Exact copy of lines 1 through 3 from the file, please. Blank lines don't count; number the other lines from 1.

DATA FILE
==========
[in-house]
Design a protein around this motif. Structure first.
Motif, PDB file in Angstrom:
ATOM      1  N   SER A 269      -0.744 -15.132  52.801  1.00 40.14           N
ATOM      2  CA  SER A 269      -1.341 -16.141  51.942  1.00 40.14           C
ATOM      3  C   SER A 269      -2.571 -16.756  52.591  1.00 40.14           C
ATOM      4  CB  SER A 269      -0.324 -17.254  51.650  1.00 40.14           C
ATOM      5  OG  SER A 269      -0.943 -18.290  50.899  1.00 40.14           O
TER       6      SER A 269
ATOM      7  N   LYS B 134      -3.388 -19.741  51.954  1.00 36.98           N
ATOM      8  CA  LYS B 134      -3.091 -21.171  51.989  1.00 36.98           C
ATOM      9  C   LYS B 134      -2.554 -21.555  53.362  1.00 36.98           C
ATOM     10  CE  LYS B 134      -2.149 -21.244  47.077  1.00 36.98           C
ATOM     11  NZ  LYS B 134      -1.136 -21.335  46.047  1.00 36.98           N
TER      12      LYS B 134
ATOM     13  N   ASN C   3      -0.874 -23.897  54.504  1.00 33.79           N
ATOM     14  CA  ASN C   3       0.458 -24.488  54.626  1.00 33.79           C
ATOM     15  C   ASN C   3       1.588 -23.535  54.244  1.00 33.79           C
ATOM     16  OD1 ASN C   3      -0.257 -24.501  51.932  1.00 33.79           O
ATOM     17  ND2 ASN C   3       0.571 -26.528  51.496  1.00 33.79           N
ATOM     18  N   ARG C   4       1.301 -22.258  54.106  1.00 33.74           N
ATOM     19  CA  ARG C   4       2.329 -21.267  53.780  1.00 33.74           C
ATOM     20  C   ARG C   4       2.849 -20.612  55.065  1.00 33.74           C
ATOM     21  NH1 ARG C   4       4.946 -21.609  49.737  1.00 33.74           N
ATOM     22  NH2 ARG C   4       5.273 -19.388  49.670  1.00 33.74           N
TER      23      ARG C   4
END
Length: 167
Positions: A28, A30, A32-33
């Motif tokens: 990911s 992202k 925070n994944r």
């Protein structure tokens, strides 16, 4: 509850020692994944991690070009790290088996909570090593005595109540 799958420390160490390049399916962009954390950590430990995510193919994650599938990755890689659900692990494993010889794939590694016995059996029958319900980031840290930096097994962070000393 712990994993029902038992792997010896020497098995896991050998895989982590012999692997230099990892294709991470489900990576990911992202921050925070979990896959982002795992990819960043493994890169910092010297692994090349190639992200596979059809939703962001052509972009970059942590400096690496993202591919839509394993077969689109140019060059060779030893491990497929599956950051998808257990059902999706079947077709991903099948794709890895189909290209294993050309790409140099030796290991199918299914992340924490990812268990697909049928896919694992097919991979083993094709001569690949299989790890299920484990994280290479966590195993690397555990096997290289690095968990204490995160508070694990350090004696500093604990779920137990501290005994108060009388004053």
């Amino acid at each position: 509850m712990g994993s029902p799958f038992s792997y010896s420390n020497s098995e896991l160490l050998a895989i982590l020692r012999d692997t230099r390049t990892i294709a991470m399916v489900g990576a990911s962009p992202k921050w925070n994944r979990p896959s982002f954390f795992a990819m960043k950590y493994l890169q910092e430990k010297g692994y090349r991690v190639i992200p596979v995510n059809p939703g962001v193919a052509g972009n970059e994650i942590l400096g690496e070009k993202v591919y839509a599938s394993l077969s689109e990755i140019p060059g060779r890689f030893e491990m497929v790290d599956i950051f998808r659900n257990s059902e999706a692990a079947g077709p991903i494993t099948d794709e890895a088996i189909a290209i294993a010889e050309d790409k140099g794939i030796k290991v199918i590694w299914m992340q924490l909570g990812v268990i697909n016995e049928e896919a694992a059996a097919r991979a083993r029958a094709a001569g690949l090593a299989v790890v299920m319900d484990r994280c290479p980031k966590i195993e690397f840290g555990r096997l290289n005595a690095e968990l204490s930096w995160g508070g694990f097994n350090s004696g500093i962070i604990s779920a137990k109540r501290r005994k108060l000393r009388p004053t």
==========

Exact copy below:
[in-house]
Design a protein around this motif. Structure first.
Motif, PDB file in Angstrom: